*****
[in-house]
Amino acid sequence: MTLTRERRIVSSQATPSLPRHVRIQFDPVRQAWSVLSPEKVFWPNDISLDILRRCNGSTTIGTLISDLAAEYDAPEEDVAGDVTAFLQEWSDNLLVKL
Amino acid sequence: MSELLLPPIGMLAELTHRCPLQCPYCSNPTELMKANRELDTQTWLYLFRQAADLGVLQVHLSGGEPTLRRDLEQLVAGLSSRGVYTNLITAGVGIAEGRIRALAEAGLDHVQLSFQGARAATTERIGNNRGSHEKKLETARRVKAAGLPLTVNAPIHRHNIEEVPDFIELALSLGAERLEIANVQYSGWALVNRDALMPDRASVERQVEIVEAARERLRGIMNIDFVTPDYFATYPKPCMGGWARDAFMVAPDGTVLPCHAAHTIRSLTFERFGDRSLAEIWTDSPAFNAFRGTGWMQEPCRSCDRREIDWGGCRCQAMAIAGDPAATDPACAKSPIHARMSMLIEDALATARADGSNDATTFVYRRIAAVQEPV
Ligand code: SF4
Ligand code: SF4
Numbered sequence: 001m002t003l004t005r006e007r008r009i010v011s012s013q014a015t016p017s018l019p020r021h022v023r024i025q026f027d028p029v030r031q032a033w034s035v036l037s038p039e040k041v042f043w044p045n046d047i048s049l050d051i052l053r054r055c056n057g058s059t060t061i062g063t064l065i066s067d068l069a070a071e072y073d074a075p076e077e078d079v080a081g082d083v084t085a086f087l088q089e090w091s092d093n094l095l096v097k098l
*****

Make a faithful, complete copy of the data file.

[in-house]
Amino acid sequence: MTLTRERRIVSSQATPSLPRHVRIQFDPVRQAWSVLSPEKVFWPNDISLDILRRCNGSTTIGTLISDLAAEYDAPEEDVAGDVTAFLQEWSDNLLVKL
Amino acid sequence: MSELLLPPIGMLAELTHRCPLQCPYCSNPTELMKANRELDTQTWLYLFRQAADLGVLQVHLSGGEPTLRRDLEQLVAGLSSRGVYTNLITAGVGIAEGRIRALAEAGLDHVQLSFQGARAATTERIGNNRGSHEKKLETARRVKAAGLPLTVNAPIHRHNIEEVPDFIELALSLGAERLEIANVQYSGWALVNRDALMPDRASVERQVEIVEAARERLRGIMNIDFVTPDYFATYPKPCMGGWARDAFMVAPDGTVLPCHAAHTIRSLTFERFGDRSLAEIWTDSPAFNAFRGTGWMQEPCRSCDRREIDWGGCRCQAMAIAGDPAATDPACAKSPIHARMSMLIEDALATARADGSNDATTFVYRRIAAVQEPV
Ligand code: SF4
Ligand code: SF4
Numbered sequence: 001m002t003l004t005r006e007r008r009i010v011s012s013q014a015t016p017s018l019p020r021h022v023r024i025q026f027d028p029v030r031q032a033w034s035v036l037s038p039e040k041v042f043w044p045n046d047i048s049l050d051i052l053r054r055c056n057g058s059t060t061i062g063t064l065i066s067d068l069a070a071e072y073d074a075p076e077e078d079v080a081g082d083v084t085a086f087l088q089e090w091s092d093n094l095l096v097k098l